Studies have determined four broad reasons for writer’s block: 1) self criticism, 2) self-consciousness that their work won’t be as well-received as others, 3) lack of inspiration, or 4) lack of motivation.
When you don’t feel like writing right now, chances are the solution to this creative quandary lies further back. Here are some strategies for pinpointing the cause of your writer’s block — and how to get rid of it!
Step 6: Ruthlessly edit and rewrite
Once you’ve finally committed all your great ideas to paper and you have some semblance of a manuscript in front of you, it’s time to work on turning that first draft into… well, a second draft. And then probably a third draft — maybe a fourth, fifth. You get the idea. A solid book goes through several rounds of editing and rewriting before it’s ready for readers.
These are a few tips you can keep in mind as you polish your manuscript into a masterpiece.
Nail the opening hook
Both editors and readers are prone to quick judgements. If they positively judge your book by its cover and make it to the first page, the first lines is the next test in holding their attention.
Consider the following non-fiction opening lines:
“Louvain was a dull place, said a guidebook in 1910, but when the time came it made a spectacular fire.” — The War That Ended Peace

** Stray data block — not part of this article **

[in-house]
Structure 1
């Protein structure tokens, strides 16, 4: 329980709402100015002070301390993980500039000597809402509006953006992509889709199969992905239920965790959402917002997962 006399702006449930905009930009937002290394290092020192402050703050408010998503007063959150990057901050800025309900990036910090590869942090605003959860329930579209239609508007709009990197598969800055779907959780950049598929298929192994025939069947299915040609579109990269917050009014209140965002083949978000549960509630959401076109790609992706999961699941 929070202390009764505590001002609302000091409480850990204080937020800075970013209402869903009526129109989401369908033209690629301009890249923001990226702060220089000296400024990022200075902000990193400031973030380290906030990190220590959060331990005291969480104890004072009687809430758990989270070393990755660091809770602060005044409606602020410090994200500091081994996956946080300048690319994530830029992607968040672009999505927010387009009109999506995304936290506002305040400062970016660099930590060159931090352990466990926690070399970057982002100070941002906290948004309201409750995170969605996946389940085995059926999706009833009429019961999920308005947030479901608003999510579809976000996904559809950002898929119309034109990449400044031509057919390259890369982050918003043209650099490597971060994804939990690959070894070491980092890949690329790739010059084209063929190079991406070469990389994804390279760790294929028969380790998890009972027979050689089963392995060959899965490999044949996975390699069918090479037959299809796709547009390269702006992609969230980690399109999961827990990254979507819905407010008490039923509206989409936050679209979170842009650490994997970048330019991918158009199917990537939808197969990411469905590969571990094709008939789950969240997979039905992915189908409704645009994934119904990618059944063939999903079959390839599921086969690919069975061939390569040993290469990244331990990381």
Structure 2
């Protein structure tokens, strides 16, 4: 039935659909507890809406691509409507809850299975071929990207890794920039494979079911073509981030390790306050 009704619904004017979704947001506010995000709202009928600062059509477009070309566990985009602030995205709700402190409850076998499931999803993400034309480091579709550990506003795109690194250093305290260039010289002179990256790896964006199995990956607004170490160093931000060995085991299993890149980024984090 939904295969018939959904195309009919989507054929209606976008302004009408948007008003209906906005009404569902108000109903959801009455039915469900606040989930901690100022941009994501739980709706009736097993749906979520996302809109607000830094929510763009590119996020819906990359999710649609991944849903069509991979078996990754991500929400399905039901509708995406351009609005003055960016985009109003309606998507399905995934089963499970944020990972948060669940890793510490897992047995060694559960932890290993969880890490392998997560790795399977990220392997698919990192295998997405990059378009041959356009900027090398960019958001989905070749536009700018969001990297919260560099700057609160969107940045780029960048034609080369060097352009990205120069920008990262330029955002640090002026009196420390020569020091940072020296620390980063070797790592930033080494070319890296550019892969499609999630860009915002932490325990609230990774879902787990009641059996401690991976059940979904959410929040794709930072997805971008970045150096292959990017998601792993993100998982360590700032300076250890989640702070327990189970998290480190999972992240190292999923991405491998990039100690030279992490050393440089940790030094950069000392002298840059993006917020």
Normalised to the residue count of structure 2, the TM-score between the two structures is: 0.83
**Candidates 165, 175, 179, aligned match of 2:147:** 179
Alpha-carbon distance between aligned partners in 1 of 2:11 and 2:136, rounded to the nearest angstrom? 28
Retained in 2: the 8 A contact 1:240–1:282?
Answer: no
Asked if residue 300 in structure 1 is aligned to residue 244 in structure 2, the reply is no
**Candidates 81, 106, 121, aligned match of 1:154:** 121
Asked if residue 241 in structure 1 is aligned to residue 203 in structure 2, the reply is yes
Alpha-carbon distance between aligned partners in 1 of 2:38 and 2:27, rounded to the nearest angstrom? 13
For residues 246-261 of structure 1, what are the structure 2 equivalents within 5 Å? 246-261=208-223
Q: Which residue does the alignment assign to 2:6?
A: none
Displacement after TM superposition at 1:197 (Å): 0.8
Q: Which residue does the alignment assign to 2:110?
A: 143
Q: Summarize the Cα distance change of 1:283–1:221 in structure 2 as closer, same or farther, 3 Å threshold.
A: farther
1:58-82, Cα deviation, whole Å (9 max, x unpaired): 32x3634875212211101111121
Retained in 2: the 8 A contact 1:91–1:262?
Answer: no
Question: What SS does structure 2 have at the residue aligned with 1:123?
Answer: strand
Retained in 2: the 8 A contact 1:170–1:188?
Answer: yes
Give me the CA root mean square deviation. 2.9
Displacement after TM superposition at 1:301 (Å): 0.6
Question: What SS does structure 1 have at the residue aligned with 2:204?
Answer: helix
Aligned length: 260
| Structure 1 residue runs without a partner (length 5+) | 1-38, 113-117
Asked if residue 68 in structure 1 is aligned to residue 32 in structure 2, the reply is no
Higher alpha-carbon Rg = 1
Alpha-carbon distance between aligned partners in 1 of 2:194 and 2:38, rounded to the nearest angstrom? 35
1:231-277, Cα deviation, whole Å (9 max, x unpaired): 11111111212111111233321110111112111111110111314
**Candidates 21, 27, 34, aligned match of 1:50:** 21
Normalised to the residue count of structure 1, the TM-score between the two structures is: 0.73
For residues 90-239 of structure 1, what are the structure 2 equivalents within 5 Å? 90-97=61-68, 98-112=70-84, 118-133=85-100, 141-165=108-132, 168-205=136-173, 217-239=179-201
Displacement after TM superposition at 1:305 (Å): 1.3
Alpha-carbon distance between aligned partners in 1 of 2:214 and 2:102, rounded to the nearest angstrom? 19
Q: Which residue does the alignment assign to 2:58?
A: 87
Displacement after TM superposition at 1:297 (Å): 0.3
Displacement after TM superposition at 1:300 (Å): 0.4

“The traditional disputes of philosophers are, for the most part, as unwarranted as they are unfruitful.” — Truth and Logic
“In the fall of 1993, a man who would upend much of what we know about habits walked into a laboratory in San Diego for a scheduled appointment.” — The Power of Habit
“We are going to die, and that makes us the lucky ones.” — Unweaving The Rainbow
Through the use of strong, powerful statements, or interesting anecdotes, each of these openers creates intrigue concerning the topic of the book. Don’t go for clickbaity, flashy, car salesman exclamations here. Consider the aspects of your topic that will naturally peak human interest, and lead with that: the desire to learn more.
Get rid of sticky sentences
A great way to bore your readers is to fill your book with sticky sentences.
A sticky sentence is one that contains over 45% glue words — and glue words are the 200+ most common words in the English language. These words include…
While there are exceptions to the rule, in general a sentence with over 45% glue words is one that meanders before getting to the point. Let’s consider an example from Lisa Lepki, Editor of the ProWritingAid blog:
A sentence with 64% glue words: At that moment, Karen walked out onto the middle of the stage with her violin and looked out across the room at the big crowd.
The same sentence, redrafted to contain exactly 45% glue words: At that moment, Karen appeared on the stage with her violin, her eyes wide as she surveyed the growing crowd.